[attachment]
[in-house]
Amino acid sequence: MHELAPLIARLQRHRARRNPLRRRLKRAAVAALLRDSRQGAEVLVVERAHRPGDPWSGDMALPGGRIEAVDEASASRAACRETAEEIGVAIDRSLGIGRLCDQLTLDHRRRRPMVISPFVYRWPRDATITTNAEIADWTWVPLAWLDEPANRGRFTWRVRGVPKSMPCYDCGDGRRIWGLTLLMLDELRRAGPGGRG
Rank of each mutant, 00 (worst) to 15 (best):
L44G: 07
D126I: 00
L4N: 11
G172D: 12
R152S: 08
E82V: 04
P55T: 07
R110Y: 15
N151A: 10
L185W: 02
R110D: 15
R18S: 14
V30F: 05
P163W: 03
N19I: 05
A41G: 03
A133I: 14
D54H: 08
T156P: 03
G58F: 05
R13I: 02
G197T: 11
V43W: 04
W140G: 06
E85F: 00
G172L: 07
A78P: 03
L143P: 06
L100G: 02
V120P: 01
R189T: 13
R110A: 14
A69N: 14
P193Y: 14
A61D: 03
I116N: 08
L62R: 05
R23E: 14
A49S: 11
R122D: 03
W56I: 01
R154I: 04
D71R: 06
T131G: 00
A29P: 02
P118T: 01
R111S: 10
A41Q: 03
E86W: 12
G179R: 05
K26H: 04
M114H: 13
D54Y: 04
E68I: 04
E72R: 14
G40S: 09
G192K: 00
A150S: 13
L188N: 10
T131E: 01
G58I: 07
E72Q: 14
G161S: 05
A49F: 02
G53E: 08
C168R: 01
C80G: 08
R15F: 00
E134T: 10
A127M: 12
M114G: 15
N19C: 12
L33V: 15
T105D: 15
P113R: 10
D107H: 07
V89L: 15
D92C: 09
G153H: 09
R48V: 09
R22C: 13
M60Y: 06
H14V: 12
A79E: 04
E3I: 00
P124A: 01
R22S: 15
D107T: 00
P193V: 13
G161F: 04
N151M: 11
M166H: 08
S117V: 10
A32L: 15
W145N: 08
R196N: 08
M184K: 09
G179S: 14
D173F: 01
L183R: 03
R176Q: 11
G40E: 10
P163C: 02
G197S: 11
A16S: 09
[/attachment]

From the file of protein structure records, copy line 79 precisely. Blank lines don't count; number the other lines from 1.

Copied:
D107H: 07